Edström is herself a lecturer and is working towards her PhD. What do lecturers find most difficult, she asked the more than 60-strong audience. Adding something new or giving up something old? Everyone had to admit that the latter almost never happens. It is easier to add things and is readily done. But doing so eats increasingly into the lecturer's valuable time.
One thing that lecturers should learn to stop doing right away is giving extensive feedback on their students' essays and reports, explained Edström. “This is really time-consuming for you as a lecturer, and the student usually does little or nothing with the input.” The two Swedish scientists place the responsibility for this feedback with the students themselves. “Have them assess each other's reports. That way they learn another skill and realize that any topic can be viewed in many different ways.”
Professor Jacob Kuttenkeuler now swears by the oral examination method. “The student gets seven minutes and a whiteboard to give a presentation on the taught material. After those seven minutes I have a pretty good idea of the student's knowledge and I start asking supplementary questions. In all, this takes me about 25 minutes. And I keep the assessment simple.”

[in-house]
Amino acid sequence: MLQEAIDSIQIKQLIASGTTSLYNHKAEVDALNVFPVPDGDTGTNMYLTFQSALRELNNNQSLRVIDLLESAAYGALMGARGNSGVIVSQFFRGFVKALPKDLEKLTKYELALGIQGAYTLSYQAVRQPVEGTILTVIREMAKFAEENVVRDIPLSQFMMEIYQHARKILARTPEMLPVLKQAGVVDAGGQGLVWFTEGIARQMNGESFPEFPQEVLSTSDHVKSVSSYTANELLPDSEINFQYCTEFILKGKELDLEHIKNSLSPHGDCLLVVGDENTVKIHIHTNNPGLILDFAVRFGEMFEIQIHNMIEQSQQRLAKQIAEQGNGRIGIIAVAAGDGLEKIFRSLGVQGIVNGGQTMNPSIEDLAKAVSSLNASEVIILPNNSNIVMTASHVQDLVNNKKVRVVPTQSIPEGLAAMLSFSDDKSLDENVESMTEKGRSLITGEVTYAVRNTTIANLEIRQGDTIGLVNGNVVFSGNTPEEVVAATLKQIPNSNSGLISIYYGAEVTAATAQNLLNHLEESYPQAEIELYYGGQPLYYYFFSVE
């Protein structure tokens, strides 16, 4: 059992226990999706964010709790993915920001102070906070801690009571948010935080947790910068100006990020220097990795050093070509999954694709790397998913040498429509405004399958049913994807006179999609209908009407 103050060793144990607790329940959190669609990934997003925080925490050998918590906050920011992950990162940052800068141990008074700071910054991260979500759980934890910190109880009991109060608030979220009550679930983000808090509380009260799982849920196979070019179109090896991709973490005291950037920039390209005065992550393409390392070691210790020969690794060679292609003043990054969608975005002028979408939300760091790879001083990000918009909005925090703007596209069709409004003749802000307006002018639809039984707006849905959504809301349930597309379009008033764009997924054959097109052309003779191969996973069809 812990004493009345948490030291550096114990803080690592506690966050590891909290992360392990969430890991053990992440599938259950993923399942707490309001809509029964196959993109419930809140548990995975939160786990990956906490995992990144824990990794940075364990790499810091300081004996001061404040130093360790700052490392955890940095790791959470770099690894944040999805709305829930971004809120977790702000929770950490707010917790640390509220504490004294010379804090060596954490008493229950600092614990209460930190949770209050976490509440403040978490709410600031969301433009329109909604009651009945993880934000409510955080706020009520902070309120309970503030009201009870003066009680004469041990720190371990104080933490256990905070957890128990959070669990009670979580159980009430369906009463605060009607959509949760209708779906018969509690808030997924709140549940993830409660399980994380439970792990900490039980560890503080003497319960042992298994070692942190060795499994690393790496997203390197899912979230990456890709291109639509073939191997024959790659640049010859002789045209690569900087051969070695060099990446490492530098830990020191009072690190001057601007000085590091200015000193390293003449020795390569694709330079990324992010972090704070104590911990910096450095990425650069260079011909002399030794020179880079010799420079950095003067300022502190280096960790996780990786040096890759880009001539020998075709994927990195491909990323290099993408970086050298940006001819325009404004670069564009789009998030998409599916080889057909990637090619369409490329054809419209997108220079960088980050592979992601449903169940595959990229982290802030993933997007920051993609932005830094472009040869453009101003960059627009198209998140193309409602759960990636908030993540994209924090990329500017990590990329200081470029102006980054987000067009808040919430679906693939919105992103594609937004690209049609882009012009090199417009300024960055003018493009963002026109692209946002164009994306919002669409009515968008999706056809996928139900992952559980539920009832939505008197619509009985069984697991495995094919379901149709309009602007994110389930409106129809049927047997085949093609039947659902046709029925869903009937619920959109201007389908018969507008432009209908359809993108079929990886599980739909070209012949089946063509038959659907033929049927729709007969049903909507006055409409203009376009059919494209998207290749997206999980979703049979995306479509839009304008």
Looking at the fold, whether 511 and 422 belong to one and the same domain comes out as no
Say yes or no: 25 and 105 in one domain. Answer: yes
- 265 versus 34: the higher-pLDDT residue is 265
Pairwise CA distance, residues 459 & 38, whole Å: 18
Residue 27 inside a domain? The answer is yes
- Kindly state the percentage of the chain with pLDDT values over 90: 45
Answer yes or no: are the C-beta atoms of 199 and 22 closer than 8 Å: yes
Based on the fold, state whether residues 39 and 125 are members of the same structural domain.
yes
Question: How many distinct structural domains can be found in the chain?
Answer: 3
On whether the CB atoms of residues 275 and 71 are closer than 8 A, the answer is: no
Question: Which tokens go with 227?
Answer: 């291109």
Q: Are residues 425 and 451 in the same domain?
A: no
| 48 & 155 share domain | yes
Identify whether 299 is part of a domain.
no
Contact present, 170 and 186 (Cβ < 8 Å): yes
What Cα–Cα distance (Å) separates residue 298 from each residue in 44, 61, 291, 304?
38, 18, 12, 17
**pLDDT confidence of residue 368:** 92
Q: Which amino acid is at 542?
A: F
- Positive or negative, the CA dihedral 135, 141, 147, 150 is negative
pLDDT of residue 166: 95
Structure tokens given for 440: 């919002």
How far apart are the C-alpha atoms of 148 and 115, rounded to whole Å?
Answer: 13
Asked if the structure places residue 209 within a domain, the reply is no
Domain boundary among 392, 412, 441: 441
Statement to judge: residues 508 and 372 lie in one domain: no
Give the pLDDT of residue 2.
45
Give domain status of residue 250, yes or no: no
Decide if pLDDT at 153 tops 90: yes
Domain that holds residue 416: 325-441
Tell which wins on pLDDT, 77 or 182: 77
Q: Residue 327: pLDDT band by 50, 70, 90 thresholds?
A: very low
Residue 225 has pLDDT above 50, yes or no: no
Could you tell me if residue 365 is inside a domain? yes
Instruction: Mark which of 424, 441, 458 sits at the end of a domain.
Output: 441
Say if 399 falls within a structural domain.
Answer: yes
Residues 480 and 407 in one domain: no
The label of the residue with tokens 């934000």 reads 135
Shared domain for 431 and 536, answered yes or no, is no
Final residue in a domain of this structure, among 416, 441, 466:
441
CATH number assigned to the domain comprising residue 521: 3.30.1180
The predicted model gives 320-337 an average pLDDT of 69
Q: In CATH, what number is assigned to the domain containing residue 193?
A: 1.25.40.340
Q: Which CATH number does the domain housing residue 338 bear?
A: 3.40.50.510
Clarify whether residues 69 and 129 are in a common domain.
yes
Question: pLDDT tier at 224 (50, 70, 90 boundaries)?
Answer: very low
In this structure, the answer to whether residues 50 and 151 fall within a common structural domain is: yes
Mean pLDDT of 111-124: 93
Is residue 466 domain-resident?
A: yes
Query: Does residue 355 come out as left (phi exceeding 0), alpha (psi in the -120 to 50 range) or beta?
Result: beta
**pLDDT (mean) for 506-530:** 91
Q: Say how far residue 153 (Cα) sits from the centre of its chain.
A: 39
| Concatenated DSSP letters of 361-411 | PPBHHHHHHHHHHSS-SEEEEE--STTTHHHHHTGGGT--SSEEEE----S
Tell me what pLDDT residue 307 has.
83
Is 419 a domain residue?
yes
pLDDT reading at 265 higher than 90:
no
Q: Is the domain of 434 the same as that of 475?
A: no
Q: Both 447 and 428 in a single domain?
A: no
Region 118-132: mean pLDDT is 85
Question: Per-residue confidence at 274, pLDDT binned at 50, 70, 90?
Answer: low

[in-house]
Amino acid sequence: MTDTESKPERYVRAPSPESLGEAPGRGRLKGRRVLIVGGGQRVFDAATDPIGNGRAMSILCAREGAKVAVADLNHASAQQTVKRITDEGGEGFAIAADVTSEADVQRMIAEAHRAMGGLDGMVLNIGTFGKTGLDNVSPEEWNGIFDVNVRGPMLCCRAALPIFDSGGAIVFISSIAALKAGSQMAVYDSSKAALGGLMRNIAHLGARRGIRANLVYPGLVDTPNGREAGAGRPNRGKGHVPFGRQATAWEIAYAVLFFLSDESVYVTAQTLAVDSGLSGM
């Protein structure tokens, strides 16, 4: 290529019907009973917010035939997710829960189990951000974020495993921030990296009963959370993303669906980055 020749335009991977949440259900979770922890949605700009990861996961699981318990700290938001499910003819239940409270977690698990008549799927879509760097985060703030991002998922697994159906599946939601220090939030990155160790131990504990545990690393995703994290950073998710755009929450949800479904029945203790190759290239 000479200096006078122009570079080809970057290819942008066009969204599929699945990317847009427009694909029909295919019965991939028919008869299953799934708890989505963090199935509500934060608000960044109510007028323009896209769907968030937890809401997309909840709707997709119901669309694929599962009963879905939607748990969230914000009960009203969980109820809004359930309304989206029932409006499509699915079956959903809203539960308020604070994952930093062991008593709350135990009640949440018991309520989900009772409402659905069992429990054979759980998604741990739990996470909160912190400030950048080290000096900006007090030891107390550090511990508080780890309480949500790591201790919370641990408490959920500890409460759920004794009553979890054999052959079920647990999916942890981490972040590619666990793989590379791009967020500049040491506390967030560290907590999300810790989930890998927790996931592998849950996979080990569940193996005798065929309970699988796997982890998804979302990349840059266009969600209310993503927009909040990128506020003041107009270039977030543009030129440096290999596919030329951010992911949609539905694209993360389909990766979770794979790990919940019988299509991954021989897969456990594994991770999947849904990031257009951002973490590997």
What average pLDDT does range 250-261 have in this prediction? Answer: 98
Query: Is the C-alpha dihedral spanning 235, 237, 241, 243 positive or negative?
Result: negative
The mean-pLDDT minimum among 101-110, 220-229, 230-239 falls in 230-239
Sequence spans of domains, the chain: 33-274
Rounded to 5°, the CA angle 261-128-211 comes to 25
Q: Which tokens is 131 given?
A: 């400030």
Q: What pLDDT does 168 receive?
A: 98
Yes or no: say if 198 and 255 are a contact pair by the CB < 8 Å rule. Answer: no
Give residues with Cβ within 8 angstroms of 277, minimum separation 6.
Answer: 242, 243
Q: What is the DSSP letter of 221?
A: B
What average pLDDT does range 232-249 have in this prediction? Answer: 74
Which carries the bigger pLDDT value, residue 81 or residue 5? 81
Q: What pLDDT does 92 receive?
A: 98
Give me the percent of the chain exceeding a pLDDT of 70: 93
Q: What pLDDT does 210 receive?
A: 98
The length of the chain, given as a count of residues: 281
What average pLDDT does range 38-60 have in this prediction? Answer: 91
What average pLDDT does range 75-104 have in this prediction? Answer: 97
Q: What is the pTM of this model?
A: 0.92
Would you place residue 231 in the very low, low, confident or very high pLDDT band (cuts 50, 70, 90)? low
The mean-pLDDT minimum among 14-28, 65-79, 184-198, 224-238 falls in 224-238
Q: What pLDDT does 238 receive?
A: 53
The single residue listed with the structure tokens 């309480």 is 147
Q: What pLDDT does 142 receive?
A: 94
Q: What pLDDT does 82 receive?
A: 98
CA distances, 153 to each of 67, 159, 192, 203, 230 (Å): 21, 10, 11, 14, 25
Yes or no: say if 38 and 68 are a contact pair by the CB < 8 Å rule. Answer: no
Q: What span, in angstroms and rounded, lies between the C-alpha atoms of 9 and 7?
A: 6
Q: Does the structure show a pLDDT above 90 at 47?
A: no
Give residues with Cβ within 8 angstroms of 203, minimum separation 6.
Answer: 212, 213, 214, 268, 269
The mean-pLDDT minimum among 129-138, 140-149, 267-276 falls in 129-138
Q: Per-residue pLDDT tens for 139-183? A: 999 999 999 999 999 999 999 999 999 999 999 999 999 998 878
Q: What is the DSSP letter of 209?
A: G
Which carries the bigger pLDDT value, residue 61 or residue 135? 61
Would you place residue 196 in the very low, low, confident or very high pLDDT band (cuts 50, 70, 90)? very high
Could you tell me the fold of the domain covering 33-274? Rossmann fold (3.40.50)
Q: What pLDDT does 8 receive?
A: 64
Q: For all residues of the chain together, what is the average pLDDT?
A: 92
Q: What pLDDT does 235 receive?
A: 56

The audience was also offered a great tip for preventing so-called free-riders in work groups. “Don't designate someone in advance to give the group's presentation," says Edström. “Decide that at the last moment by drawing straws. This means every member of the group has to be prepared to speak and no one can hide anymore.”